What protects Ontario universities from being cheated?

The University of Guelph registrar Ray Darling says it doesn’t happen here because the admission process is different from that of the U.S.

When 50 high-profile people were charged in a massive admissions scandal, Darling says he had never heard of anything like it. He says that Canadian schools don't have the same level of institutional elitism.

“We have some very strong universities in Canada, but they are largely public institutions. Acceptance rates for a lot of Canadian universities would be closer to 50 per cent,” he explains.

The FBI alleges that bribes were paid to designate students as athletic recruitments. That, Darling says, wouldn’t happen here because Ontario athletics don’t have the same associated money.

High school students in the province apply directly through the Ontario Universities Application Centre, rather than writing standardized tests.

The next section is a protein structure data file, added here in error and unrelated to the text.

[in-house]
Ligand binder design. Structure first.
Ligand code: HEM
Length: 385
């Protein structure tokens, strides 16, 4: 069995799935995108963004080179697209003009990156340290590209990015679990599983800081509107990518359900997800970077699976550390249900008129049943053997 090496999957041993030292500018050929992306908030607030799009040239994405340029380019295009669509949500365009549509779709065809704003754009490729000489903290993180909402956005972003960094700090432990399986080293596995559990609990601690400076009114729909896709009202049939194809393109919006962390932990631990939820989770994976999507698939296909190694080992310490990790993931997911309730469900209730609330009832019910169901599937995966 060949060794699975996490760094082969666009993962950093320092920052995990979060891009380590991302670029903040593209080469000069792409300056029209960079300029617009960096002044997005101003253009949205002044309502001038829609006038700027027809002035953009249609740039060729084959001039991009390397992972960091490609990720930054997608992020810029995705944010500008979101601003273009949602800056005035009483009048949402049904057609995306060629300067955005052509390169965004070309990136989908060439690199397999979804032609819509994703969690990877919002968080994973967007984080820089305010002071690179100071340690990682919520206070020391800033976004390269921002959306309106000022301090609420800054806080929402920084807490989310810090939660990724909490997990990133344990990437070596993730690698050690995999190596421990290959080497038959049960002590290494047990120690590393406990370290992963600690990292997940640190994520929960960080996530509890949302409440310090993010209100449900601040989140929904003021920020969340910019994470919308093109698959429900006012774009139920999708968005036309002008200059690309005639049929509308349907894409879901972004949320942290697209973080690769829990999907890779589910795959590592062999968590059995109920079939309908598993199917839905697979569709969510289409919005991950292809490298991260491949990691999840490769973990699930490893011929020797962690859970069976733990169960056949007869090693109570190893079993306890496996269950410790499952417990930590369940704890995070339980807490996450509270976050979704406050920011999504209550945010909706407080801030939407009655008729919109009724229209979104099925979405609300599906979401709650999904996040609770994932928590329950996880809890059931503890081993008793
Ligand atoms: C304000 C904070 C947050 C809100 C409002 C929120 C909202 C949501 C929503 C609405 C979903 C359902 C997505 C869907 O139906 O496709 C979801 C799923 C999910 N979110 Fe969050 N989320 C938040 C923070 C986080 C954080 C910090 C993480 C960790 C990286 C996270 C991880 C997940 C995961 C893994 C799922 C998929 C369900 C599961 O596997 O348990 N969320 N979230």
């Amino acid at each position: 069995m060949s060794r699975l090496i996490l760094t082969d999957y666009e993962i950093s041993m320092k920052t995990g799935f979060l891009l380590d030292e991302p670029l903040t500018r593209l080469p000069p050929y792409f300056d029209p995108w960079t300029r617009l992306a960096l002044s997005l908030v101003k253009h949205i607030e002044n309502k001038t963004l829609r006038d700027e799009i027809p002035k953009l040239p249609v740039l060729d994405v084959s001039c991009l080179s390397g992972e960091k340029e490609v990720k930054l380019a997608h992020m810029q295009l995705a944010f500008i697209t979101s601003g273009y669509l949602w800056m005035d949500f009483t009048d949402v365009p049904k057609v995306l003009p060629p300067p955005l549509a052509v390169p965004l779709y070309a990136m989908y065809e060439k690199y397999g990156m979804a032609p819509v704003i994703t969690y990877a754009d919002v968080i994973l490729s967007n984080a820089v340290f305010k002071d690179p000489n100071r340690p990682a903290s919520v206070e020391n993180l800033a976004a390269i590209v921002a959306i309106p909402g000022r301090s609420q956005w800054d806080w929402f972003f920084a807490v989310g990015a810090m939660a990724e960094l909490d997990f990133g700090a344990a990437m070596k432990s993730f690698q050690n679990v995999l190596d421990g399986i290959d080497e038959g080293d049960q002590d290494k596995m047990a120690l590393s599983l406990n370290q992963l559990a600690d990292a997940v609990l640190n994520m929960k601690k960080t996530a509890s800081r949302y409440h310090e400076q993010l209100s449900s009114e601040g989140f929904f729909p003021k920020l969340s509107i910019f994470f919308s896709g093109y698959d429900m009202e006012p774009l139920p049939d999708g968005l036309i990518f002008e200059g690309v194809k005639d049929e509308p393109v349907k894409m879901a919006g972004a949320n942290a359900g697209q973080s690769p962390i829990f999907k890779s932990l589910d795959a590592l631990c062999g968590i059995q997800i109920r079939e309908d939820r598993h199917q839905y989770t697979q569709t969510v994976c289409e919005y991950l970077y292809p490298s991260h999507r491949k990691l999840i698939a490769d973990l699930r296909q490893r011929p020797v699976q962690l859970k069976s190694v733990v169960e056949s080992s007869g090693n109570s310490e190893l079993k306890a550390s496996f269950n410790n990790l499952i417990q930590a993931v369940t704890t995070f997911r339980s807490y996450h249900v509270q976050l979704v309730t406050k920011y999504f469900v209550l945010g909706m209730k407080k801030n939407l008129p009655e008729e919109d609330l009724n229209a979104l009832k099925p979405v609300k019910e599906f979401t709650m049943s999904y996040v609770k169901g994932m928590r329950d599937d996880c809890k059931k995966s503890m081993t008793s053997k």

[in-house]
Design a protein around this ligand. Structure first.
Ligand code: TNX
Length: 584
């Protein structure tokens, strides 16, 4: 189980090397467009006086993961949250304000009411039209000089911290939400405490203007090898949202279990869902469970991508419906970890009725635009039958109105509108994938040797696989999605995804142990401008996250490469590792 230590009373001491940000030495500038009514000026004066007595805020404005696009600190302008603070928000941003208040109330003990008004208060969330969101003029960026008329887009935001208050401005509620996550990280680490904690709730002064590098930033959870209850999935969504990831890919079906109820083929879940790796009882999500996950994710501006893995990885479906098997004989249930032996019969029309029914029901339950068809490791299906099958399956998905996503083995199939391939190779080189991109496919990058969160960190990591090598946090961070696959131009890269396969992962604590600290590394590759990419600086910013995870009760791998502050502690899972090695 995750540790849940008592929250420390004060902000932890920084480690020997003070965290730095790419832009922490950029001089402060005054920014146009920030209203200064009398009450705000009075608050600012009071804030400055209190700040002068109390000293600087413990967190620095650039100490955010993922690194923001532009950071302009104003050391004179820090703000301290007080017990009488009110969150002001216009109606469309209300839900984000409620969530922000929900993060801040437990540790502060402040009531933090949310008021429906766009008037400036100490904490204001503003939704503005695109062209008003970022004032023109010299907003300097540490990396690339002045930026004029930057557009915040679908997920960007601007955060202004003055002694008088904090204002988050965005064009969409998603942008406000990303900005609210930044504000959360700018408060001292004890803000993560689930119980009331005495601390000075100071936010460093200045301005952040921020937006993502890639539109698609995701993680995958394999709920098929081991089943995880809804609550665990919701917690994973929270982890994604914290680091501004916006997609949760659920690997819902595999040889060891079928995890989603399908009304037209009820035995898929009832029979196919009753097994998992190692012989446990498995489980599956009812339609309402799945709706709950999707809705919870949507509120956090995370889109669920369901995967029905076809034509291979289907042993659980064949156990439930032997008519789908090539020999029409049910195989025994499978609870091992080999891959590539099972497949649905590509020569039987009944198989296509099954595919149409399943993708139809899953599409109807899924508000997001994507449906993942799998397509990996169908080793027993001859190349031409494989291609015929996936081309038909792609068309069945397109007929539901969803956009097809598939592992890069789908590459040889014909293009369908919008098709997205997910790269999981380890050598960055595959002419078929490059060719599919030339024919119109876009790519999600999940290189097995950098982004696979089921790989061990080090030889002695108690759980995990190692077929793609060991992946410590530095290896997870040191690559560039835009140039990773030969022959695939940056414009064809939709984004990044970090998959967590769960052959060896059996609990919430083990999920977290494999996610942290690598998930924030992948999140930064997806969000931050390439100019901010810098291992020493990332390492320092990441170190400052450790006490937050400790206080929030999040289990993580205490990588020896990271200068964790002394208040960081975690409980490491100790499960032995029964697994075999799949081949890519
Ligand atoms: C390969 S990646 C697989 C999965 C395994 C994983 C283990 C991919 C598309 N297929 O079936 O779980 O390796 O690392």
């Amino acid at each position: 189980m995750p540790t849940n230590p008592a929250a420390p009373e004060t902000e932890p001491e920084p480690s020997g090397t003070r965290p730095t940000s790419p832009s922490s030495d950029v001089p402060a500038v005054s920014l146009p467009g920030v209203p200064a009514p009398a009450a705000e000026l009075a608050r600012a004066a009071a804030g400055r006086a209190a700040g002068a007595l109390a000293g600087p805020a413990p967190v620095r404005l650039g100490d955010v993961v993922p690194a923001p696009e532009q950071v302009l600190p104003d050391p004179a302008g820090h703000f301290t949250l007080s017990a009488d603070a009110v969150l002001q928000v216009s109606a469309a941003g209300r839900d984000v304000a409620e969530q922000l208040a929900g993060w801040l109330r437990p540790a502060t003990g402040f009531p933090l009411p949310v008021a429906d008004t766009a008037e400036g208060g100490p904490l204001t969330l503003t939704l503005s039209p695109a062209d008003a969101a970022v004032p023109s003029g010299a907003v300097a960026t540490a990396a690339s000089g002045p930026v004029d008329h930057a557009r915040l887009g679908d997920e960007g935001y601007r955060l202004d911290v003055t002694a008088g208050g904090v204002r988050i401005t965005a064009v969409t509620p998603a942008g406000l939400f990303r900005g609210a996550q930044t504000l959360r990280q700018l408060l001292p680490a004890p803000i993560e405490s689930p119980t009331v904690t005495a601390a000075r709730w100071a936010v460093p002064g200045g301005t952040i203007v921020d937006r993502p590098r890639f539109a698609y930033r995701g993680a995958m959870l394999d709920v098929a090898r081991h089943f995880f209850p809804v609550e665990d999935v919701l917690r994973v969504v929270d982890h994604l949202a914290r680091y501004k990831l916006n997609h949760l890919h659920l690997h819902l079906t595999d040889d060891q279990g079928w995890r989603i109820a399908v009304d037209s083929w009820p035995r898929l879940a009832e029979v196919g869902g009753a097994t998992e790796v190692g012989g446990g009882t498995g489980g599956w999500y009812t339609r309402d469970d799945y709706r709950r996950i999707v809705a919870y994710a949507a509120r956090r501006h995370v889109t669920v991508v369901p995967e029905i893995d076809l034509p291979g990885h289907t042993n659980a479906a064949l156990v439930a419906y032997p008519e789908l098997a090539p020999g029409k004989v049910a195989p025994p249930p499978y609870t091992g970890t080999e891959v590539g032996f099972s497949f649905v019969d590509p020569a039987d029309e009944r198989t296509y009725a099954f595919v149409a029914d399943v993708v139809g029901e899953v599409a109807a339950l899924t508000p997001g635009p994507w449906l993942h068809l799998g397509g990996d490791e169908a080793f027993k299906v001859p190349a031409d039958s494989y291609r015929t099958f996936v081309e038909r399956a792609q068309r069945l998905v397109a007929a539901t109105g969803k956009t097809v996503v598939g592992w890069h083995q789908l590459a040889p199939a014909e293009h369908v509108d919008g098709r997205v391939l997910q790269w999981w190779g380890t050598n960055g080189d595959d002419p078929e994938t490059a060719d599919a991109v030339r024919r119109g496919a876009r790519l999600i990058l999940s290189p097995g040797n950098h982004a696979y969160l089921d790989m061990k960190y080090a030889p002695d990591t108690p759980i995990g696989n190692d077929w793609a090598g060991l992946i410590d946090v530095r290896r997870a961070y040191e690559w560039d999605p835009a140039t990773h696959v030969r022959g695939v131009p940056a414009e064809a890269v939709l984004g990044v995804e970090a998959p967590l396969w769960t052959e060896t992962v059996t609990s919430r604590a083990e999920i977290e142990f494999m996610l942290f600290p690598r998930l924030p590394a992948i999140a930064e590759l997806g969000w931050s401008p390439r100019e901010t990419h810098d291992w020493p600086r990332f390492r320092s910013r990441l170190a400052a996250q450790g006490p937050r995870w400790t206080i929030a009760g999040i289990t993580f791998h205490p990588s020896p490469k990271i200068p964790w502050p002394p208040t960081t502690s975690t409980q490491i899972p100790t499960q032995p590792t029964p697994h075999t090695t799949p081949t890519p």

“We collect all of their high school grades directly from the high schools,” explains Heather Lane, who works for OUAC. “They don’t go through the students’ hands.”

Internal auditors also ensure the admission process is being followed properly.

Darling says that any kind of fraud would be a situation of an individual student forging or withholding a transcript for admission. He also says that fake English proficiency scores can sometimes be submitted.

He says the University of Guelph is investigating one such incident with a transfer student.

While it’s hard to catch, the consequences can be stiff.